top of page
  • Writer's pictureEmma Houston

Let's challenge kindly and reframe the funding conversation

Over the past few weeks since announcing my intention to move forward with Scotland's Changemakers I've had some of the best conversations of my career. I have made connections with like-minded individuals and become more clear that there is a need for a space for changemakers across Scotland to kindly challenge and have discussions with those holding the purse-strings.

There have been some common threads running through all of the conversations about prickly topics that come up time and again for organisations, particularly where there are multiple funders, when funds don't offer core funding leaving organisations to perpetually rely on project funding to bring in a proportion of core costs. This leads to organisations chasing funding, bending themselves out of shape to fit outcomes of funders to secure funds, rather than feeling clear and confident that they can secure funding based solely on their organisational aims and outcomes. These also contribute to mission creep that I referred to in my last blog as organisations take on more projects and more staff, which they then need to spend more time to find funding to keep up and so continues the cycle.

Time and again what we come back to in discussions is trust (or lack thereof) in organisations, their ability to deliver on the work they have funding for and in their knowledge and expertise in delivering services to people in their communities. Many organisations feel that funders are can be too 'hands-off' in their approach and would like them to be a little more interested in the work they are funding, or feel that the funder is trying to micro-manage the grant, asking for irrelevant and disproportionate amounts of information in comparison to the size of grant.

Having sat on both sides of the table, as a grantmaker and as a fundraiser in a community organisation I have the benefit of seeing both sides of the picture. Funding organisations want the organisations that they fund to succeed, they don't invest in an organisation and then secretly hope that they will fail and have to go through the process of rescinding a grant. They would rather know and have a conversation if something isn't going to plan and work with a grantee to support them to develop a forward plan. They put time and effort in to due diligence to ensure that they are making prudent investment decisions, which is no mean feat when most funds are oversubscribed by an average of 5:1. But that due diligence must be proportionate - it is reasonable for instance to do a companies house or OSCR check if you fund registered charities or businesses, or to ask for an organisation's governing document and accounts. Assessments should be proportionate to the amount of funding applied for and the size of organisation, and therefore it is not reasonable to submit a small constituted community group with an income of £4,000 per year applying for £1,500 to the same level of scrutiny and assessment as a large national organisation applying for a £600,000 multi-year grant.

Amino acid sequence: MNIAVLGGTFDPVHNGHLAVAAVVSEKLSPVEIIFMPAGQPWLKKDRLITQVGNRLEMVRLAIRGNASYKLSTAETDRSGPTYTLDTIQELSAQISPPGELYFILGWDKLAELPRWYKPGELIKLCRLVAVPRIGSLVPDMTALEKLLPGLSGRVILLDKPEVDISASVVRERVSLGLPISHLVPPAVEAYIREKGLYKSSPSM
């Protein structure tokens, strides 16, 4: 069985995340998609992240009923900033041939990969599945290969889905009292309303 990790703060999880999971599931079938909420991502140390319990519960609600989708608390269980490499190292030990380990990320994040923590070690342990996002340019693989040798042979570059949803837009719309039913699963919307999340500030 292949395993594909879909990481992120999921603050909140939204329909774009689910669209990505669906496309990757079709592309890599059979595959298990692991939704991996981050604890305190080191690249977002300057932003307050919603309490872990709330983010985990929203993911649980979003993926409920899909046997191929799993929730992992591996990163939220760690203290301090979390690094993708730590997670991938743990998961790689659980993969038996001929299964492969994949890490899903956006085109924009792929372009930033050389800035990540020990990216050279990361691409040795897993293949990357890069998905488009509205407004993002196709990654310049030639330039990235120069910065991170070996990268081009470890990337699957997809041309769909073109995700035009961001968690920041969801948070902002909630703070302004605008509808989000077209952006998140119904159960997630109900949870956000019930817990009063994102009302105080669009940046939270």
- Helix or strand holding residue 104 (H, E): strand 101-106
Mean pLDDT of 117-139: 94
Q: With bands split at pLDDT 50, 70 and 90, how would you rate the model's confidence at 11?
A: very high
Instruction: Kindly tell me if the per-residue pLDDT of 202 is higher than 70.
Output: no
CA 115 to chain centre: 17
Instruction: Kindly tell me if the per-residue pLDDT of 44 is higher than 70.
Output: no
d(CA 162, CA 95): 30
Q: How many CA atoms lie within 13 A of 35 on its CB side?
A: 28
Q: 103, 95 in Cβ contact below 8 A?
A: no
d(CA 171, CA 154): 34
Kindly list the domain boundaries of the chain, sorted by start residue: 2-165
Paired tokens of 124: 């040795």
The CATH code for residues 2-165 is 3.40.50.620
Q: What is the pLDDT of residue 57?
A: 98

Trust in the other direction from an organisation to the funder is a very different kettle of fish because there is a skewed power dynamic. There is an innate fear of those who hold the funds, which will always exist to some extent. But the onus is on the funders to be working to break down those barriers, not vice versa. Whether or not an organisation will approach a funder depends on several factors such as their size, capacity, number of funders and crucially their confidence in approaching funders to discuss flexibility in their grants. If organisations felt empowered to have conversations with their funders, that it was acceptable to discuss alternative funding options with their regular funders, to offer one report to all of their funders instead of a report saying the same thing in multiple formats for multiple funders, how much more productive would those organisations be in the long term?

I had a conversation this week where I asked someone what their ideal funding scenario would be for their organisation - they had never been asked this question before or considered it. How many others have never even considered what the ideal scenario would be for their organisation and are stuck in the funding hamster wheel moving from grant to grant to keep their doors open and services running without the time or space to think about how things might be better if the conversations were reframed.

So this is your call to action. It's time to begin to be the kind challengers, the gentle agitators.


I'm really pleased to announce that we now have a twitter page so please head on over and give us a follow.

It also won't be long until the first podcast will be coming your way, I'm lining up my first guests and going to be recording in the next couple of weeks. If you are a third sector organisation who is keen to be featured as a changemaker, or you are a funder who is keen to get news of your open fund out in to the world and you'd like to sponsor an episode of the podcast then please get in touch -


Post: Blog2_Post
bottom of page